Ultrasound 101 – Part 9: Quantification and Documentation in Ultrasound
Welcome to Ultrasound 101. In this 12-part series, we will talk about the basic principles of medical ultrasound, the equipment you will use, the settings on your machine, and how to use sonography in your patients. Each part will focus on a specific topic and allow you to experiment with the scanner, adjust the settings on your machine, and get the best out of your ultrasound examination.
In the last parts, you learned a lot about your scanning hardware, the settings on your machine, what you can and can not see, and how to get a good image in the first place. Today, we have prepared a short video for you about documentation and quantification in ultrasound because, after all, measuring and saving our findings is an essential part of our work as sonographers.
The freeze button
This little button is the one every sonographer presses most throughout the day and is placed very prominently at the center of your console. It does just what it says - it freezes the image, allowing you to take a closer look at all the structures and pathologies you might see. It also frees your hands and the patient's position, so you don't have to keep holding a difficult view, your patient can breathe normally again, and so on. Freezing the image also allows you to discuss what you see with your colleagues without stress or show your students some details on the screen. Most scanners also let you scroll back a few seconds, often frame by frame, until you get exactly what you want to see (e.g., the moment the aortic valve closes or the moment the left ventricle is at maximum filling).
Save your images
Don't forget to save the images you make of the patient. Just like an X-ray, a CT, an ECG, or a blood test, ultrasound images are part of the patient's file and should be kept with the rest of the diagnostic findings. Modern ultrasound machines allow you to save images and short video clips directly into your hospital's IT system or on your scanner's hard drive. This will enable you to review them later on your own or with your colleagues, mentors, or mentees.
Every scanner has a measurement function; some are more basic, i.e., limited to a single-length measurement. Some have complex algorithms that allow you to measure a whole 3D structure, like the urinary bladder, in several views. For example, machines for echocardiography might let you measure a chamber's volume or a valve's opening area. In contrast, OB scanners may have a program for the crown-rump length or the baby's head circumference. Measurements don't only allow you to quantify your findings but also compare them to the patient's last visit (if you saved them - I told you this was important!).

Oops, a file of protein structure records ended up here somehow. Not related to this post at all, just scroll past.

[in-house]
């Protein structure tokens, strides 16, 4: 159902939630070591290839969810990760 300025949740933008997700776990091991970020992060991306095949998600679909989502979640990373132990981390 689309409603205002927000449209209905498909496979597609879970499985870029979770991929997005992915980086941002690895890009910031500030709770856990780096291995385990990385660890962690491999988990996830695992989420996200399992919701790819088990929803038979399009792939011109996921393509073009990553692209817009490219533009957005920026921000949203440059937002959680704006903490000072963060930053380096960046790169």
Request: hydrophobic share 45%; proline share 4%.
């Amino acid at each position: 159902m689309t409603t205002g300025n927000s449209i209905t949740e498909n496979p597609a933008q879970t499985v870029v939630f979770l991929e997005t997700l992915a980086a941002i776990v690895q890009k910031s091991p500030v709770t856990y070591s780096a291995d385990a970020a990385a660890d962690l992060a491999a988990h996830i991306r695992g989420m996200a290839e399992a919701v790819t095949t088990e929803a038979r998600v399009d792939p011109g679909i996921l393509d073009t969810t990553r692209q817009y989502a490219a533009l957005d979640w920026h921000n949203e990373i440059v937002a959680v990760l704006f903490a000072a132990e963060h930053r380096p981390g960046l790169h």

Larger scanners let you split the screen into four parts, each of which can be frozen independently. This allows you to see a structure in more than one plane simultaneously, for example, or to compare the patient's left and right sides. You can also have one part frozen in B-mode and simultaneously look at the moving image with color Doppler on the second half. Lastly, this function can be used as a "low-tech" panorama function: freeze the first half of a large structure, move the transducer, and freeze the second half - you can now save a complete view of the area.
Now let's put this into practice. Here is a short video demonstration showing your machine's three key features and how to use them.
Today we talked about how to use the functions of your ultrasound machine to quantify your findings, enhance your documentation, and support your own learning and teaching. Now it is your turn to try out these functions on your scanner and build them into your routine. Play around with them, and get comfortable using the buttons - this will enhance your imaging skills and make you look like a pro when performing an ultrasound examination. In the following article, we will talk about color Doppler and why this is a function not only echocardiographers need. Until then, enjoy imaging!